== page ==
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Nicaragua Information - Page 2
The indigenous people of Nicaragua were conquered by the Spanish in the early sixteenth century.

Spain ruled Nicaragua for almost three centuries. Independence was achieved in 1821. Soon after independence, Nicaragua, along with other Central American countries, was annexed by Mexico. Following the collapse of the union (1823) Nicaragua became a member of UPCA, the United Provinces of Central America. Other members of UPCA were Costa Rica, El Salvador, Guatemala and Honduras. Nicaragua became fully independent in 1838.

The USA was interested in Nicaragua as a route between the Atlantic and Pacific Oceans. However, in 1903 the US bought the rights to build the Panama Canal in the Republic of Panama.

In the early twentieth century, the USA provided military assistance to Nicaragua during a civil war; US bases remained in the country between 1912 and 1933.

The election of General Somoza in 1937 saw the beginning of the Somoza family's domination of Nicaraguan politics for over forty years. A civil war, ending in 1979, brought the Sandinista National Liberation Front (FSLN) to power. Daniel Ortega Saavedra, a Sandinista leader, was president of Nicaragua from 1985 to 1990.

In 1990 the FSLN was defeated in elections by Violeta Chamorro, the first female president of Nicaragua.

Agriculture is an important sector in Nicaragua employing a significant number of the workforce. Agricultural products are beans, coffee, corn, onions, rice, sesame, soya, sugarcane, bananas, melons, cotton, tobacco and dairy products. Livestock is reared. The fishing industry provides lobster and shrimp for export.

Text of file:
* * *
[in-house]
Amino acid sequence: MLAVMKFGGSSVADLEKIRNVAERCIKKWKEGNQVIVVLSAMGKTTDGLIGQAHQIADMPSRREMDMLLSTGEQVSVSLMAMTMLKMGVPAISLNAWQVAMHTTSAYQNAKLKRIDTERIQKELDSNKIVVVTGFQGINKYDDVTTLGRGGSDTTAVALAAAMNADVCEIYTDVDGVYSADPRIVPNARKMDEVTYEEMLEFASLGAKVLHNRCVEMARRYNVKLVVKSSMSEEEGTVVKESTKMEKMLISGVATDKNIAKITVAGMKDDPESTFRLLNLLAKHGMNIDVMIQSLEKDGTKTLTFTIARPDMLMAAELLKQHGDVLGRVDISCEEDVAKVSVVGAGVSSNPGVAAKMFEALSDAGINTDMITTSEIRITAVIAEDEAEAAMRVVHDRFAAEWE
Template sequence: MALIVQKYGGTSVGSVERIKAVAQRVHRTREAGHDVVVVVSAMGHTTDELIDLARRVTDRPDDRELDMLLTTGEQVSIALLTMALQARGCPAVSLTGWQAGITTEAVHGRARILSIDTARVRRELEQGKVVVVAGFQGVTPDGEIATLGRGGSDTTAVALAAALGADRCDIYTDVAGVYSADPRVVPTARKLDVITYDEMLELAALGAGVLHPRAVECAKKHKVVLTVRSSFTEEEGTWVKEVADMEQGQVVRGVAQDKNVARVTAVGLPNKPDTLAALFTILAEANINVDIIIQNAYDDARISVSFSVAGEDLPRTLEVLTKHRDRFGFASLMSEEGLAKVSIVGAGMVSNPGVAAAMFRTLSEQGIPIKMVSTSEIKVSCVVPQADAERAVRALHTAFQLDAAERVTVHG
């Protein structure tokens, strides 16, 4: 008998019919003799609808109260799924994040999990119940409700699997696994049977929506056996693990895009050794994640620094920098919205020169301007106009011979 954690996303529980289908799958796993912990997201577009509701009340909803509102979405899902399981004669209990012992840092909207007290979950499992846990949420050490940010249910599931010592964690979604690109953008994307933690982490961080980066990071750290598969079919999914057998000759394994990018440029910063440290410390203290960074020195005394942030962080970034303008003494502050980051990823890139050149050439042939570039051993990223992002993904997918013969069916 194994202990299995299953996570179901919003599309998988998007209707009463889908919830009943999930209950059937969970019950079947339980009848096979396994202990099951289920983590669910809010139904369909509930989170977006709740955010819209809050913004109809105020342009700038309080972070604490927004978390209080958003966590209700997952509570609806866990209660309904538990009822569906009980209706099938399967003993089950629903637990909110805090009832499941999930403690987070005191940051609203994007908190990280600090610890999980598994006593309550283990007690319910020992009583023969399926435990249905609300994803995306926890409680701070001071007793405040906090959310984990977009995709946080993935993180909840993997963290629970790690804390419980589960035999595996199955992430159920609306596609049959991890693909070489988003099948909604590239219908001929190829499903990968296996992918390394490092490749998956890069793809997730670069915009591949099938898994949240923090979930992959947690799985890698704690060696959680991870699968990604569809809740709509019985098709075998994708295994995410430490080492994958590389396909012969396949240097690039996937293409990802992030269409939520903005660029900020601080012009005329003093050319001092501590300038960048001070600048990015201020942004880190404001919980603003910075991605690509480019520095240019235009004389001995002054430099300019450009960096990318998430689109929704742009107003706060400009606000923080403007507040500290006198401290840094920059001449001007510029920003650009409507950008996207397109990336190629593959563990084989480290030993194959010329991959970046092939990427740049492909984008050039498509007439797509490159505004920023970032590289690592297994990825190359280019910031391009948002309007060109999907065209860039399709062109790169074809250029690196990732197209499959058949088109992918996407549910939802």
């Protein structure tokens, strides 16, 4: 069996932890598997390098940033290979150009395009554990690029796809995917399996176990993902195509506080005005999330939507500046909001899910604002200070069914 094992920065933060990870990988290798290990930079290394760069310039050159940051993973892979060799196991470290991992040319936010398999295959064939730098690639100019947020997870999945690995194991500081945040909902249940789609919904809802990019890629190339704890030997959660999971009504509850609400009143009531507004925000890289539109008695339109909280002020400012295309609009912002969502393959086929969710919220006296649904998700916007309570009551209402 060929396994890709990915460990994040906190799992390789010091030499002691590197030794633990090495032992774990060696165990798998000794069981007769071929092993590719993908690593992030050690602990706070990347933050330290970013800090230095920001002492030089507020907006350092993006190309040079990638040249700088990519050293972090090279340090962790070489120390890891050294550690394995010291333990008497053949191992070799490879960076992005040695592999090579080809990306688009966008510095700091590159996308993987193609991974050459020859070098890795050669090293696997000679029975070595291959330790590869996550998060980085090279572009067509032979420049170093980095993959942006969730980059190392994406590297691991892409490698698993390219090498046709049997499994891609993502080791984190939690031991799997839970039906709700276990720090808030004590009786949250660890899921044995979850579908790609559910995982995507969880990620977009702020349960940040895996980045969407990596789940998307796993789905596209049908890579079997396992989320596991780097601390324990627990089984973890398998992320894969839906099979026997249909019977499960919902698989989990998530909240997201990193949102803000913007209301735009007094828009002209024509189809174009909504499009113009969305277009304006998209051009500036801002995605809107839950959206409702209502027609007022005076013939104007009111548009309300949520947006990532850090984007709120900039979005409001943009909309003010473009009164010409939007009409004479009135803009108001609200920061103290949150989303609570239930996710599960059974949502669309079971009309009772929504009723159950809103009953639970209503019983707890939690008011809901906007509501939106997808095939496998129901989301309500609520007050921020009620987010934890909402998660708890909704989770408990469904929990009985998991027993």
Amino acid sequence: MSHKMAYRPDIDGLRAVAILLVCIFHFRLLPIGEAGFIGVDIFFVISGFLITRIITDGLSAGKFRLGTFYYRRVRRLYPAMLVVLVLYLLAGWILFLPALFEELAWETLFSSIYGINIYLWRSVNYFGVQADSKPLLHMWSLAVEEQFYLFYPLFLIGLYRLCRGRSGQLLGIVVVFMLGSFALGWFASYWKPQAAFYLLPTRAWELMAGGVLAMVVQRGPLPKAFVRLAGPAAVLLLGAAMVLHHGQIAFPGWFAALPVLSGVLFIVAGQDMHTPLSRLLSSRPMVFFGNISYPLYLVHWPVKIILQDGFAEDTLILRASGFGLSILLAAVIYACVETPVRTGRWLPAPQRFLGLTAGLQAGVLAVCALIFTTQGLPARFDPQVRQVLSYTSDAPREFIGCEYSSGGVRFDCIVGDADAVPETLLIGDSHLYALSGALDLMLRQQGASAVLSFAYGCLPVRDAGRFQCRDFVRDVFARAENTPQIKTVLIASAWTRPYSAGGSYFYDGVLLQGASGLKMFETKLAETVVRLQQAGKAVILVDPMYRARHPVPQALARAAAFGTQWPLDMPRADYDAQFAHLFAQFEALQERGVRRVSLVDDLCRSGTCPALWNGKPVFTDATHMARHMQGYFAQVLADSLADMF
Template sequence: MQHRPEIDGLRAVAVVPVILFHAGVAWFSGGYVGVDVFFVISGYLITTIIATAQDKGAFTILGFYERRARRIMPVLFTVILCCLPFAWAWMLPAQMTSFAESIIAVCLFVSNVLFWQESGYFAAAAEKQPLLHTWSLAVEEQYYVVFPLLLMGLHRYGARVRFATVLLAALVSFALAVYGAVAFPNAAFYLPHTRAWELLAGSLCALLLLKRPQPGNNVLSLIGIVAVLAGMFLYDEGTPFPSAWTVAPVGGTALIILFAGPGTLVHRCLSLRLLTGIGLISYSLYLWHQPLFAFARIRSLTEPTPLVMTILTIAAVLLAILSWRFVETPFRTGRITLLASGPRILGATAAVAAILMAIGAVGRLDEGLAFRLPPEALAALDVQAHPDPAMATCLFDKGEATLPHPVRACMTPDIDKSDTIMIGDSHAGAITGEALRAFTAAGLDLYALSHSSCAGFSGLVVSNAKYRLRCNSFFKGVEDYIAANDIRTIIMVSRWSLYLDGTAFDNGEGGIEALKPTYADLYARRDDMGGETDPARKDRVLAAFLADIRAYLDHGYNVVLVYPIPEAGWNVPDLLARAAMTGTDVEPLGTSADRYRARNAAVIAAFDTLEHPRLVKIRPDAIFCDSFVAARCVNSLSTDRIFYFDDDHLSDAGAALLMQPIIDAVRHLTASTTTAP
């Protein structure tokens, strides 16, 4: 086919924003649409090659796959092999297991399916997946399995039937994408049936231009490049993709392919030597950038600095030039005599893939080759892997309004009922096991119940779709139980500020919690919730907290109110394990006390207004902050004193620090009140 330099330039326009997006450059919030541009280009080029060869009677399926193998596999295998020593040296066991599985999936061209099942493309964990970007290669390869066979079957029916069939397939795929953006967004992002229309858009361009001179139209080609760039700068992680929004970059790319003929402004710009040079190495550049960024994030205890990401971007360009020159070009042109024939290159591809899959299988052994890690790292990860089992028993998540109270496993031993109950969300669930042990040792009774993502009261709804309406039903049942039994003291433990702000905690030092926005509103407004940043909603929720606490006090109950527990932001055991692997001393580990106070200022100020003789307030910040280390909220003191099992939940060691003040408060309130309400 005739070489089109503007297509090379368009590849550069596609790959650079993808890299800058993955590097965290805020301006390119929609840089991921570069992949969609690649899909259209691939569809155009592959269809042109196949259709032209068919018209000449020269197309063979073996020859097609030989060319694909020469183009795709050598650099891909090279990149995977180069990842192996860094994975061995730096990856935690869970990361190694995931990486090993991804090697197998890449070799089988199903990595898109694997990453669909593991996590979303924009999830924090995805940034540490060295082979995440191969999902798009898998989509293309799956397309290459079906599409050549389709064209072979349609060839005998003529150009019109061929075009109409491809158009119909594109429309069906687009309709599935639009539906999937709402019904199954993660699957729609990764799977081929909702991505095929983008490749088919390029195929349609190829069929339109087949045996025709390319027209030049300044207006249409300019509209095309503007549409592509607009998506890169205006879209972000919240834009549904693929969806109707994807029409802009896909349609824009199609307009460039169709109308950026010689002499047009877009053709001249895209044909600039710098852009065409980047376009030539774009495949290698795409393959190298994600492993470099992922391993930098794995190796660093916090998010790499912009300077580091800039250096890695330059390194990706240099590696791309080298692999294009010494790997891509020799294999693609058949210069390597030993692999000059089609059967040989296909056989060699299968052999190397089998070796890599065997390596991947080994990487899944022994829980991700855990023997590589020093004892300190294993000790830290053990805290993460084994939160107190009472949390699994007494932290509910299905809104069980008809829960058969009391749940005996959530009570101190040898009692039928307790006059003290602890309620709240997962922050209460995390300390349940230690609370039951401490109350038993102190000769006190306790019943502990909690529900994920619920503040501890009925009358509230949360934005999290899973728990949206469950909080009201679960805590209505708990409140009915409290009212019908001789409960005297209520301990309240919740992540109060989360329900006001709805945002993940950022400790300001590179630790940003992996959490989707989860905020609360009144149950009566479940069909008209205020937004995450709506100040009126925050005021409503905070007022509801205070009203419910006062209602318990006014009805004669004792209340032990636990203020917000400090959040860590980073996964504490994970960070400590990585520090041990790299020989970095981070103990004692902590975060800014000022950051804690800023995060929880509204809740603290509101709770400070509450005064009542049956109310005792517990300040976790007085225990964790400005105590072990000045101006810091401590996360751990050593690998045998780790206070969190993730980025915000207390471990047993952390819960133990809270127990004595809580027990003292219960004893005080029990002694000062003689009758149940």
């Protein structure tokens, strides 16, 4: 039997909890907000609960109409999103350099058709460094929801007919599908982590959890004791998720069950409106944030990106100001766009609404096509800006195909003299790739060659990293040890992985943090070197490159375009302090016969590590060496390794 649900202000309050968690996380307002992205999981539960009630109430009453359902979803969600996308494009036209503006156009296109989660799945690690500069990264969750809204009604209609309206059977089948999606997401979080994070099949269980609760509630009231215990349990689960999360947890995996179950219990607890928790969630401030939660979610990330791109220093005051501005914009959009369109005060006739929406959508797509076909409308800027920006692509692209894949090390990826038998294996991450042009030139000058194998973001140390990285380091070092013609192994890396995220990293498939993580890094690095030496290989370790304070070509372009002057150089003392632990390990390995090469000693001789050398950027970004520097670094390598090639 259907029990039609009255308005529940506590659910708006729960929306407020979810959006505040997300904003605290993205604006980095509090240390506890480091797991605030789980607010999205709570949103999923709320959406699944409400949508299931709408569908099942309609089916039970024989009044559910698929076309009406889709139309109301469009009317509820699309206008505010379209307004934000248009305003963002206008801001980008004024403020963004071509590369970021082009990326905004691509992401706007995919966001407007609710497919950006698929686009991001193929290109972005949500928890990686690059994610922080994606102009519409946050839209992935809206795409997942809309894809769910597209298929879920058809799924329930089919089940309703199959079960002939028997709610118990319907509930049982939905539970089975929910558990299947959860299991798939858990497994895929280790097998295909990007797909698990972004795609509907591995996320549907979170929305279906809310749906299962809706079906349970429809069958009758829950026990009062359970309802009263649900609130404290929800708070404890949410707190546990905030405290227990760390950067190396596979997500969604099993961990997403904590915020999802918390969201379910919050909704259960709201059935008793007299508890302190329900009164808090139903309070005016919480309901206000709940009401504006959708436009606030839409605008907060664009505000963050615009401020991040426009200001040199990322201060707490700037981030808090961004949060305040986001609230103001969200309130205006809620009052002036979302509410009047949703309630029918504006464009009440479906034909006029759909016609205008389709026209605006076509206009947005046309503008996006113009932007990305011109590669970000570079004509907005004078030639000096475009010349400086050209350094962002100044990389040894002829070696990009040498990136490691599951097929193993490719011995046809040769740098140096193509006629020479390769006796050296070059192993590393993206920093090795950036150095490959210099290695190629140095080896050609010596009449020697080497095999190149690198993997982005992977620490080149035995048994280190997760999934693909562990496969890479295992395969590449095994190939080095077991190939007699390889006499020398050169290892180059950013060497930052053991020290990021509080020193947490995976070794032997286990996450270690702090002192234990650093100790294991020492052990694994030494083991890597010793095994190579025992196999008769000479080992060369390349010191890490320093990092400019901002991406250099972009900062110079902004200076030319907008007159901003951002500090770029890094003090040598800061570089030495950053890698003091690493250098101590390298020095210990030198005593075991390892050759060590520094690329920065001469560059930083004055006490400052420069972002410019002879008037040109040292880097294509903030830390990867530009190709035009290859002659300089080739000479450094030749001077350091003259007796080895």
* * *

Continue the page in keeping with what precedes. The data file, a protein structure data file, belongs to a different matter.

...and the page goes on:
Industry accounts for over a quarter of the country's Gross Domestic Product (GDP). Major industries include petroleum refining, chemicals, machinery and metal products, timber, footwear, textiles, clothing, food processing and beverages.

Services provides the largest percentage of the GDP, employing over half the working population. Tourism, a growing industry, is a major earner of foreign currency. Remittances sent home by Nicaraguans working in other countries also benefit the economy.

Poetry and music are important in Nicaraguan culture.

Ruben Dario (1867-1916) is Nicaragua' s greatest poet. Azul, a collection of Dario's works, established Ruben Dario as a respected poet throughout the Spanish speaking world. The Ruben Dario National Theatre in Managua is named in honour of the poet.

The marimba, an instrument similar to a xylophone, is the national instrument. The marimba is often accompanied by guitar and drums. As well as traditional music, a variety of musical styles are enjoyed in Nicaragua. Caribbean music has an influence on music along the coast.

Museums include the National Museum of Nicaragua, housed in the National Palace, and the Coffee Museum, situated in Matagalpa, Nicaragua’s main coffee growing area.

Baseball is the most popular sport in Nicaragua. Other team games played are football, basketball and volleyball.

Water sports in Nicaragua include kayaking, swimming, surfing, sailing and fishing.

Christmas and Easter are celebrated. Other holidays include New Year's Day - 1 January, Labour Day - 1 May and Independence Day - 15 September (1821 from Spain).

News from Nicaragua is available from Newslink.

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